Dog born with tail growing out of its head

Puppy named ‘Narwhal the Little Magical Furry Unicorn’ after unusual appendage

Harry Cockburn
Thursday 14 November 2019 09:00
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Puppy found with a second tail growing out of its face

A puppy born with a second tail sprouting out of the middle of his face has been adopted by a dog rescue charity after it was found wandering the streets alone.

The two-tailed pup has been named “Narwhal” in honour of his additional cranial appendage and has been described as a “little anomaly that’s absolutely perfect”.

The 10-week-old animal has been taken in by Mac’s Mission – a rescue centre in Missouri which specialises in helping dogs with special needs.

The dog has been given the full name of “Narwhal the Little Magical Furry Unicorn”.

“He’s literally the most magical thing you’ve ever seen, and so happy,” said rescue centre founder Rochelle Steffen.

She added: “Everybody wants to see him. I’ve had so many volunteers have come over and said ‘hey, can we play with Narwhal?’ And it’s now become the thing to take selfies with him because he’s just so cute.”

Narwhal visited the vet on Tuesday where X-rays revealed there were no bones in his facial tail, meaning he can’t wag it or use it as a tiny windscreen wiper for his eyes.

He has been given a clean bill of health.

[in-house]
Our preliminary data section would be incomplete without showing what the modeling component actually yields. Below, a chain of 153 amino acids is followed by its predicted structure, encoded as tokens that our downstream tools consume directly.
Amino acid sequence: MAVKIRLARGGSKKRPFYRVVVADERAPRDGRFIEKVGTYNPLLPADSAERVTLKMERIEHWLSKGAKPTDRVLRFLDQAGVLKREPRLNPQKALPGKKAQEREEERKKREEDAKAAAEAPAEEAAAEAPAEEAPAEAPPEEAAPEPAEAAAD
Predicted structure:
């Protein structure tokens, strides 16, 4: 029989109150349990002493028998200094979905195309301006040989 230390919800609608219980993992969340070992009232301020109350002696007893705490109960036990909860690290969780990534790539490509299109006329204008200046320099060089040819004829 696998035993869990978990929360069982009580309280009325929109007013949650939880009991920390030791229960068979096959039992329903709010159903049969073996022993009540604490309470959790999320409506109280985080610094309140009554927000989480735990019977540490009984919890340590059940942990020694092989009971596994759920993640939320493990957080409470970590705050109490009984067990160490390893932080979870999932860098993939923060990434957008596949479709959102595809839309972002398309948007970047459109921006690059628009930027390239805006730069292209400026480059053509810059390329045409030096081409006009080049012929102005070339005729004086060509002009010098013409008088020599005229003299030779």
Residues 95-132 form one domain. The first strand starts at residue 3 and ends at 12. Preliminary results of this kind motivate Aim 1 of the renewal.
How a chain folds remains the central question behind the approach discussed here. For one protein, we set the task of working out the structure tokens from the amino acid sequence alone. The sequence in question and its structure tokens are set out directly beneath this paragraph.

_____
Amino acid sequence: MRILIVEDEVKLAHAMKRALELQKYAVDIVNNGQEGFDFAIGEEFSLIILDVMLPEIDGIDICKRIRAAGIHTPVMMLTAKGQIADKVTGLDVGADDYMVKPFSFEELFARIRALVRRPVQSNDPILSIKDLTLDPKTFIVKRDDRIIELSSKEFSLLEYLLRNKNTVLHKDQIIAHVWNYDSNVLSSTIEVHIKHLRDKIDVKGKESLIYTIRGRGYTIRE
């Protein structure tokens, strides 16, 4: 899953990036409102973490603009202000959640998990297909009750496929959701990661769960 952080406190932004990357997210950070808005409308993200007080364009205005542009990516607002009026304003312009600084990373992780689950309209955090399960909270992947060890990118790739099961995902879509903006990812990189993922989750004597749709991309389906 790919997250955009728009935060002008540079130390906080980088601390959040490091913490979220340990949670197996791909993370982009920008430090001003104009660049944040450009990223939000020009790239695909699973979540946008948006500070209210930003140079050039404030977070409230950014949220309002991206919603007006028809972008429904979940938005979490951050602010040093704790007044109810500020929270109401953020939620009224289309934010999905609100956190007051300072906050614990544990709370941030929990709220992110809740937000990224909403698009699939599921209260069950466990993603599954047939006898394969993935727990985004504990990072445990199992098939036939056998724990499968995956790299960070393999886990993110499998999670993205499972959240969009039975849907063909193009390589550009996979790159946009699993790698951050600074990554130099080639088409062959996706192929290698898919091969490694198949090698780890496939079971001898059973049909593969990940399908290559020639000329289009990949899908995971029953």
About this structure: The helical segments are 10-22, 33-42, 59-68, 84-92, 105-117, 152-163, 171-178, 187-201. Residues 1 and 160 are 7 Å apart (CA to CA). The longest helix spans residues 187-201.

Ms Steffen said her rescue specialises in helping “janky” animals which would not “get a chance anywhere else”.

They have had a dog with five legs, a three-legged dachshund, blind and deaf animals, as well as dogs with cleft palates and mange – but never previously anything like Narwhal.

“Everybody has said that it looks like a tail that just didn’t develop fully, like he might have tried to absorb a twin and it just didn’t work all the way,” Ms Steffen said.

“It kind of curls right down under his eyes. We deal with such unique animals here [and] we love to let them keep their uniqueness.”

While her preference would be to leave the second tail untouched, Ms Steffen said they would chop it off if it started to grow inwards or gets in the dog's eyes.

She added the rescue centre would not allow Narwhal to be adopted until they are satisfied the frontal tail will not develop into an issue as he grows older.

“We don’t want to adopt him out and two weeks later it does become a problem,” she said.

For now, he is “just a normal, happy, healthy puppy” who is getting lots of attention.

Additional reporting by PA

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